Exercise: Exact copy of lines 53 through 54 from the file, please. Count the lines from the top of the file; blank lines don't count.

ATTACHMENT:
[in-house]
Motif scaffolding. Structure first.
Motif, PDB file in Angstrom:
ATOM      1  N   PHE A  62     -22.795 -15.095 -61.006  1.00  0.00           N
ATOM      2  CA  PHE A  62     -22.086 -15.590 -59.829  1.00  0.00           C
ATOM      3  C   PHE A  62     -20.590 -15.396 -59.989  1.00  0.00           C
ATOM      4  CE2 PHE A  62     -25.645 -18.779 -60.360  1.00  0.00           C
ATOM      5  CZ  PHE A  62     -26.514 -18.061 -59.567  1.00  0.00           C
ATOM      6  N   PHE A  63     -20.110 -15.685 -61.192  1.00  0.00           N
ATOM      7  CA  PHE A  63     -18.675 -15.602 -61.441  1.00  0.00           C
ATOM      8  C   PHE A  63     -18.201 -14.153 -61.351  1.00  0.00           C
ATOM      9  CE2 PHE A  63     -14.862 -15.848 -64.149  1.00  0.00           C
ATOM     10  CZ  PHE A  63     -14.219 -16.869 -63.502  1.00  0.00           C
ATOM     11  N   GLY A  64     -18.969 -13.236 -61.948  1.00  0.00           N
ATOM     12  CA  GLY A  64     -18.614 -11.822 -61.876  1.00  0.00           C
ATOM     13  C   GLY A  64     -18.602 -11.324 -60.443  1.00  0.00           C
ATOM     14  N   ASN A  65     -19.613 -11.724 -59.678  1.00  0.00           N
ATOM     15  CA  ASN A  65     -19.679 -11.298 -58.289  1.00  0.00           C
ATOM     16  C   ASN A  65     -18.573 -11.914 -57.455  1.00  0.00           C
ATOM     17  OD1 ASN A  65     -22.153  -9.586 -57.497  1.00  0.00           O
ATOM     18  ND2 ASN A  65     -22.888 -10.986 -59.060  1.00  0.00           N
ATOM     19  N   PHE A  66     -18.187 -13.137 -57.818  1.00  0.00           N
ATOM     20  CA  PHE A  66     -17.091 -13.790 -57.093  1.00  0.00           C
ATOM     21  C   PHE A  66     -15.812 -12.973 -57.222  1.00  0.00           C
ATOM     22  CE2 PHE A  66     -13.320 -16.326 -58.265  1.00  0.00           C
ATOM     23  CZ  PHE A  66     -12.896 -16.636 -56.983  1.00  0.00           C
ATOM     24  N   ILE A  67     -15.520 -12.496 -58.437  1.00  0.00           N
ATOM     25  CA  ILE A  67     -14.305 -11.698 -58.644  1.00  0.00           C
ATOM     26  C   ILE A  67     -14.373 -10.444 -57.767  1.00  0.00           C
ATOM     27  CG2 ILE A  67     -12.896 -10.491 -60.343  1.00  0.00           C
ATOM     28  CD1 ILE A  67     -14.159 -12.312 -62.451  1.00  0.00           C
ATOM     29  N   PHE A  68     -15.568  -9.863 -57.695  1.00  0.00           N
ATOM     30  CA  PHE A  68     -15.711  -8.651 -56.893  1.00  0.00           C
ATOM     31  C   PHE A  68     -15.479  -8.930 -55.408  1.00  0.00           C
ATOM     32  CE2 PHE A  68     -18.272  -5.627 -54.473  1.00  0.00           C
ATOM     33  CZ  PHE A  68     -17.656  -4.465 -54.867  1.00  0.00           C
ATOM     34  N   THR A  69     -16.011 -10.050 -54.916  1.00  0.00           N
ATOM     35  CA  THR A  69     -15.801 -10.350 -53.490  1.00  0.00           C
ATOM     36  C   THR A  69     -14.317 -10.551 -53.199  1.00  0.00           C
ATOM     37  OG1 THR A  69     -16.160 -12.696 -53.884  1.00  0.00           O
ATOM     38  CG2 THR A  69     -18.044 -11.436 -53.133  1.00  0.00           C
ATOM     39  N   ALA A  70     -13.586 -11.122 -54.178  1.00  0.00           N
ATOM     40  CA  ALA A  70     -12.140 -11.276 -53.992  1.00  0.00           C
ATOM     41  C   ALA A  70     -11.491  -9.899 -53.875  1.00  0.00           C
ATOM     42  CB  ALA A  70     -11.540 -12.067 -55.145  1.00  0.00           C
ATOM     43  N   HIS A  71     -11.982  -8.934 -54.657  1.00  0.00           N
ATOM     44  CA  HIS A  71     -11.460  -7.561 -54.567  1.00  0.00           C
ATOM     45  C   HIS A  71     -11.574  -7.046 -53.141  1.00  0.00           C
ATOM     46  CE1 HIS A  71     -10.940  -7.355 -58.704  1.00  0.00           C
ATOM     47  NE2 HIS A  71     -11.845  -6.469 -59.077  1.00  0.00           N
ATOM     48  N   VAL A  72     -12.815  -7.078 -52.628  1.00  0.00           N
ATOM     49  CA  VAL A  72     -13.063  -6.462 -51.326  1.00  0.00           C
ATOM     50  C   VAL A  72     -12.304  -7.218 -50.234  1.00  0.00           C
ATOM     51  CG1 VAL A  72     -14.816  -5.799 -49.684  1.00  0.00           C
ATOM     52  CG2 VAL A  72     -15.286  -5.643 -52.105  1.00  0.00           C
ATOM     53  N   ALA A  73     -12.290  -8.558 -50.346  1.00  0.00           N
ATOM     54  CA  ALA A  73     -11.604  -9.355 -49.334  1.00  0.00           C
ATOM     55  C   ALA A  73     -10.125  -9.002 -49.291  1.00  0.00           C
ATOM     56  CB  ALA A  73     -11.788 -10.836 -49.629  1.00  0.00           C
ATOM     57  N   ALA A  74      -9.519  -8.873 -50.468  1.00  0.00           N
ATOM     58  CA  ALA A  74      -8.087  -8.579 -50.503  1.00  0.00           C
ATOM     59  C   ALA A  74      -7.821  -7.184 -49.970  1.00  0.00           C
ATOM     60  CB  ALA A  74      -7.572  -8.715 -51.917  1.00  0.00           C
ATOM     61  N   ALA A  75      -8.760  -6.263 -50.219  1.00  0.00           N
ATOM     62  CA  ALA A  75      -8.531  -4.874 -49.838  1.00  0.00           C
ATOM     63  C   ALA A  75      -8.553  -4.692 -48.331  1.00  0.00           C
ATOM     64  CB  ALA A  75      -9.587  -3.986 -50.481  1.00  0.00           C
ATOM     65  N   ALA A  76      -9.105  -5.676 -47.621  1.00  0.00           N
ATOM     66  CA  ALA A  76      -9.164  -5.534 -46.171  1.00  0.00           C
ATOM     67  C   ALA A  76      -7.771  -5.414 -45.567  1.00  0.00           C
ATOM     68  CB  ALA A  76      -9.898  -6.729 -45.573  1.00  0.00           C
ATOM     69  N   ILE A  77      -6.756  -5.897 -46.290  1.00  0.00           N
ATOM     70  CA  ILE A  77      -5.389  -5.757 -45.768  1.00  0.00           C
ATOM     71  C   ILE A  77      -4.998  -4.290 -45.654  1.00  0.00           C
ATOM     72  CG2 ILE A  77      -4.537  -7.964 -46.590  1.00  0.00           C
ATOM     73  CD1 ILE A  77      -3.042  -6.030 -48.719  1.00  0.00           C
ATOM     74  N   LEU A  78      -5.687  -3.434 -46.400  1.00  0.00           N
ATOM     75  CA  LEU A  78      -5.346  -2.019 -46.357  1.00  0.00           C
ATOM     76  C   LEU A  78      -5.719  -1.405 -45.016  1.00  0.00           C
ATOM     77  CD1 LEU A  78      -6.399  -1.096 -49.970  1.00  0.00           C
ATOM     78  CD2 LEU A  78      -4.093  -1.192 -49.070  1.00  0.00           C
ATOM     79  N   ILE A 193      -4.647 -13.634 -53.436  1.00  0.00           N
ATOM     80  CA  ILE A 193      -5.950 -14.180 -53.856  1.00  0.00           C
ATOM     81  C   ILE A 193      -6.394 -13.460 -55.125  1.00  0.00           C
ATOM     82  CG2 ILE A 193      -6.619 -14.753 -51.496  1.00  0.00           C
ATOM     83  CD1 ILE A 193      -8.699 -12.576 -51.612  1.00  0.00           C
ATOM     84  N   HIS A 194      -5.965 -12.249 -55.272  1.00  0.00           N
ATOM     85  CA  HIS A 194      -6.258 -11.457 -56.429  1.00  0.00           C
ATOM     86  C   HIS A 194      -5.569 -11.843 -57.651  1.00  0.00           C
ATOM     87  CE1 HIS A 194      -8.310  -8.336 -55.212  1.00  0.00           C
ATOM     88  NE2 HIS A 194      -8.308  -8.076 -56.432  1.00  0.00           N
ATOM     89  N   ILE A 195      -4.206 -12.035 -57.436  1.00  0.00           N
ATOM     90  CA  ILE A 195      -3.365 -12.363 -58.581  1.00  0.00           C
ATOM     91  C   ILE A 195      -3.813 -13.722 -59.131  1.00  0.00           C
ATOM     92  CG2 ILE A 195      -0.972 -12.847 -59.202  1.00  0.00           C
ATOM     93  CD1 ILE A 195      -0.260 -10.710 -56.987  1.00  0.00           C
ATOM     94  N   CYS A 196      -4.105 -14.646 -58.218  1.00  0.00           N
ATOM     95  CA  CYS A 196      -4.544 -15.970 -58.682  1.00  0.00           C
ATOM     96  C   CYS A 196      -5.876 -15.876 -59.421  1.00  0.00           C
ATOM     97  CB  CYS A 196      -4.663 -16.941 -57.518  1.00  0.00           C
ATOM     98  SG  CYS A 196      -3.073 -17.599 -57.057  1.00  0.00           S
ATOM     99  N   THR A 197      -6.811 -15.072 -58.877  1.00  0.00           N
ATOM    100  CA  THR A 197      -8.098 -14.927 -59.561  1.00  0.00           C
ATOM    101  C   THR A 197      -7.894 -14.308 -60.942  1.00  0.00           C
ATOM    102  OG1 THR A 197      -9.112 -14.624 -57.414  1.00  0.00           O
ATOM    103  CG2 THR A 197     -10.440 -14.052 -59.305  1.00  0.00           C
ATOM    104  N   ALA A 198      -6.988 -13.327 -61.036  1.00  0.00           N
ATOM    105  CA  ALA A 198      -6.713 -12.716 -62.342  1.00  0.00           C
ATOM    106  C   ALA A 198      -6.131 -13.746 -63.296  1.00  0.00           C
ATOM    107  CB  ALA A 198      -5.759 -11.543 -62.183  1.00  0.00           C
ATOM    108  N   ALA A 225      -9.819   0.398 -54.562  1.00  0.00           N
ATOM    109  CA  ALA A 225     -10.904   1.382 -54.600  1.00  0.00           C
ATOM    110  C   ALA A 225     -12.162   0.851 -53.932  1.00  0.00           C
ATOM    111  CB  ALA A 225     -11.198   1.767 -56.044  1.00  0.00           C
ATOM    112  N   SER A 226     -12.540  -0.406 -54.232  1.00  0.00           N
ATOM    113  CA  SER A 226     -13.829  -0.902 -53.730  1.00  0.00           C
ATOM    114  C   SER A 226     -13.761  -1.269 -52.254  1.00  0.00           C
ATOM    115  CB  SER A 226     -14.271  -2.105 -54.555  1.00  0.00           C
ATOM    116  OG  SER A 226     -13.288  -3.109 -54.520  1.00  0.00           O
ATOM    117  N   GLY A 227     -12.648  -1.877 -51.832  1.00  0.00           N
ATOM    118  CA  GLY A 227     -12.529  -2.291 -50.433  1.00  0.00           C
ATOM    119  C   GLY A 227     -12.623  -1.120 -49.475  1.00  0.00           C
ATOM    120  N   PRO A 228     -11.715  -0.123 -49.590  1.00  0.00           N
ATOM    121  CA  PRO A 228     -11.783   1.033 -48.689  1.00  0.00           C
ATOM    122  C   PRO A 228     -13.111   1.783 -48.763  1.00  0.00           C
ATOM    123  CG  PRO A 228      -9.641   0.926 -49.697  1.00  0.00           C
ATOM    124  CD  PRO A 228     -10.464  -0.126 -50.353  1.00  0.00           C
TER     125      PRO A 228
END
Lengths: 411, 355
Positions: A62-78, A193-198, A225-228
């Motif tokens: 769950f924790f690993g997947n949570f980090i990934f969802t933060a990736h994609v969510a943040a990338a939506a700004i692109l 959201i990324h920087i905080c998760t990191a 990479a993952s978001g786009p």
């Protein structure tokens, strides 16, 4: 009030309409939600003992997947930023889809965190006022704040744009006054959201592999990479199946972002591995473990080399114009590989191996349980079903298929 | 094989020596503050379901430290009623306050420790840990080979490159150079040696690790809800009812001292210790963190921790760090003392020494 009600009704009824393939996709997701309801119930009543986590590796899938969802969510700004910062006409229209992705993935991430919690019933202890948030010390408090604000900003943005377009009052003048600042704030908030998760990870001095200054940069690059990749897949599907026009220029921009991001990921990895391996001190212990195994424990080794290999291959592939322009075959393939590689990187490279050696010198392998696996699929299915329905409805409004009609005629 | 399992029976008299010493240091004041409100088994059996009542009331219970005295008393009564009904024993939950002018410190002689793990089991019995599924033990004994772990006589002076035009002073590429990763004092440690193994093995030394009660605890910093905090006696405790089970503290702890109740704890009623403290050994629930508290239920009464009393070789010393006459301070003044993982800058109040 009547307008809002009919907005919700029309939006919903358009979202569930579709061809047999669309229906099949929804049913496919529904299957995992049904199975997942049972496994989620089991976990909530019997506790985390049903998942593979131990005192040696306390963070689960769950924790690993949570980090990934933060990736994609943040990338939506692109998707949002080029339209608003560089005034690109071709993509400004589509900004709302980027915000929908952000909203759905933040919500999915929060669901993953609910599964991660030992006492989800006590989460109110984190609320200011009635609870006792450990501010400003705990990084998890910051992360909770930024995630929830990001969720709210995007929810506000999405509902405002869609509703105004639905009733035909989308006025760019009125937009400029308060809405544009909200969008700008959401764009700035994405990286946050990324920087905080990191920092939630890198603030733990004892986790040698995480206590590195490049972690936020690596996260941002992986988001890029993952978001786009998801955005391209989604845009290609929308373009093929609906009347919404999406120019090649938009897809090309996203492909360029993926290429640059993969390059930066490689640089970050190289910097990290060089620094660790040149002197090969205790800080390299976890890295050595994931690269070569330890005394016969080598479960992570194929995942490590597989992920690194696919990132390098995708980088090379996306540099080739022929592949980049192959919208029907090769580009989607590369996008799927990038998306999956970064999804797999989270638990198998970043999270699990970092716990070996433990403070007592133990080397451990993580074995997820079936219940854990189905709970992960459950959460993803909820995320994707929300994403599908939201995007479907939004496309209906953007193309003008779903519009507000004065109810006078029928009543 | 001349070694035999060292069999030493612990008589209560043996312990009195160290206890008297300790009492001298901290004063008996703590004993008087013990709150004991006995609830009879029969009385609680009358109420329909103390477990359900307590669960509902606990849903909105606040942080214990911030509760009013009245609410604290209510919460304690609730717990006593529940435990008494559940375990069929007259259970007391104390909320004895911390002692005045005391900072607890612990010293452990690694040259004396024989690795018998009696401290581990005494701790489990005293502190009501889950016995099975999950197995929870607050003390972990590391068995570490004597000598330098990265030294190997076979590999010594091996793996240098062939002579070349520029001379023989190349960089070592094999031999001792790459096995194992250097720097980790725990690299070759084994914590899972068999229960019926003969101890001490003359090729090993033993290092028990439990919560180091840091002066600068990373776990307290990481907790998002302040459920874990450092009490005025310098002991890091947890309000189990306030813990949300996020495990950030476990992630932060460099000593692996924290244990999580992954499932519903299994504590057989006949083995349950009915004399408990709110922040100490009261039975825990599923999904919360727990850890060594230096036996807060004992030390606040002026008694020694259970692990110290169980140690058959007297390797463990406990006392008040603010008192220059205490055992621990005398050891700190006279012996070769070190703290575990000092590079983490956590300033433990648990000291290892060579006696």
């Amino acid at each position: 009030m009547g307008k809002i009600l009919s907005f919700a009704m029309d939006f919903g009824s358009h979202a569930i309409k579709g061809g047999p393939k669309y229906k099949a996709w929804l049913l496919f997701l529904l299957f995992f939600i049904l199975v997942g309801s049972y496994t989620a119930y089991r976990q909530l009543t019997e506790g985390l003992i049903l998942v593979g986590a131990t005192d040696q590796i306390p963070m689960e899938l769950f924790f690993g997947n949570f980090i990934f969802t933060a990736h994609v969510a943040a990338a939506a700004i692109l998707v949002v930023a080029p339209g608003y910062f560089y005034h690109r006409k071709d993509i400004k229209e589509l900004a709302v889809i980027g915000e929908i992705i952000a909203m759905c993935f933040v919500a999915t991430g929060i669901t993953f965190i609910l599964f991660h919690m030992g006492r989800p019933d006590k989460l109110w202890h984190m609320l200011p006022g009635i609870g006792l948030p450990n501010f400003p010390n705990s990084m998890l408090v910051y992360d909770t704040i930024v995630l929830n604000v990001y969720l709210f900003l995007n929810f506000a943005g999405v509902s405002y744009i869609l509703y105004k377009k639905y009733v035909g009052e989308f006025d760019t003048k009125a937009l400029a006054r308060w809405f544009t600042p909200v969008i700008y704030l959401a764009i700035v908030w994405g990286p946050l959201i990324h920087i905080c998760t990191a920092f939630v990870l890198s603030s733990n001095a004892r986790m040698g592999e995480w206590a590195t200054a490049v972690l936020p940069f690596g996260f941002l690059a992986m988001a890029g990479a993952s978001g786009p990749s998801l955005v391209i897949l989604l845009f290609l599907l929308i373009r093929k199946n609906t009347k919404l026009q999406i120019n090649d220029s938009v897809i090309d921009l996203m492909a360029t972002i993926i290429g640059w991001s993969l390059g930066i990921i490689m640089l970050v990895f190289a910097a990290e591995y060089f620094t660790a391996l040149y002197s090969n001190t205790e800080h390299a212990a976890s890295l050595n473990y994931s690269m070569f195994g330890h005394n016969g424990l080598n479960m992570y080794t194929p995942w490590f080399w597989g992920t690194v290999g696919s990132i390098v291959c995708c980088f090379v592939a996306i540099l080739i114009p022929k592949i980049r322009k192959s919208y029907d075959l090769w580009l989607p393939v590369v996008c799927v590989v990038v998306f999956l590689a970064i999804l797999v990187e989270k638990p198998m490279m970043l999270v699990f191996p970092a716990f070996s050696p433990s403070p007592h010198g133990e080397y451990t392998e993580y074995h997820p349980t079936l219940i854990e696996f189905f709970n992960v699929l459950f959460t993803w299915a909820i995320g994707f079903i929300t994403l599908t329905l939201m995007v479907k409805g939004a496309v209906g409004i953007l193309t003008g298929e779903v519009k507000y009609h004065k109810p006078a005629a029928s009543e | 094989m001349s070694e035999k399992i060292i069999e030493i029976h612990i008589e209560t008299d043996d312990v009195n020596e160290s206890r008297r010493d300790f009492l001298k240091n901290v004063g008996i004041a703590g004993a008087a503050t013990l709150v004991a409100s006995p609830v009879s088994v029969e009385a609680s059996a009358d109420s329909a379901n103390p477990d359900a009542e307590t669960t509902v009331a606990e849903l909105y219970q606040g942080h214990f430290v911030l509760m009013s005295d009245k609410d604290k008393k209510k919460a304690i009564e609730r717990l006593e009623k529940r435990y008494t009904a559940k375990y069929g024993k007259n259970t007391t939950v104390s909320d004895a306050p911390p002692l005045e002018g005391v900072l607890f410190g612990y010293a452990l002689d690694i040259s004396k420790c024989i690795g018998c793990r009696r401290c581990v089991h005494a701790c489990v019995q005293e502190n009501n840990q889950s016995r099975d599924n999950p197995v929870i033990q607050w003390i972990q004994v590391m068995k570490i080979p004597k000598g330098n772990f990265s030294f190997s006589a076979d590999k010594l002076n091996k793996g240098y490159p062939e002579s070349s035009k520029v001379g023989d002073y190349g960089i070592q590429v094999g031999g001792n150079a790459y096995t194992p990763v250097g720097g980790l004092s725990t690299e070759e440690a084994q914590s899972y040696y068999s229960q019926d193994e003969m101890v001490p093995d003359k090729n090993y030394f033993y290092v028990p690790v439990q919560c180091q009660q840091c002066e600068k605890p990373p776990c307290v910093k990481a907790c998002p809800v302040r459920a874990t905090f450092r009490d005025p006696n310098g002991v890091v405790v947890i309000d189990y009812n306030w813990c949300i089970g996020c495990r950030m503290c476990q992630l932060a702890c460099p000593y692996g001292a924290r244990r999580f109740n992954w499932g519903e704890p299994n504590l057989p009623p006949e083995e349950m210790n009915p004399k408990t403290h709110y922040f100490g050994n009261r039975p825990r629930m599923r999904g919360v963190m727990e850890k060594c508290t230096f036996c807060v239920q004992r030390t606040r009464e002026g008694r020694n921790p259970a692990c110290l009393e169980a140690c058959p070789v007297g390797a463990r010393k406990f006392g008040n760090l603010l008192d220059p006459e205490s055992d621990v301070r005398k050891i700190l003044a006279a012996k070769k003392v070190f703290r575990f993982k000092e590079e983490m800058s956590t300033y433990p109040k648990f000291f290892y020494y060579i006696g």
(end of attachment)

ATOM     50  C   VAL A  72     -12.304  -7.218 -50.234  1.00  0.00           C
ATOM     51  CG1 VAL A  72     -14.816  -5.799 -49.684  1.00  0.00           C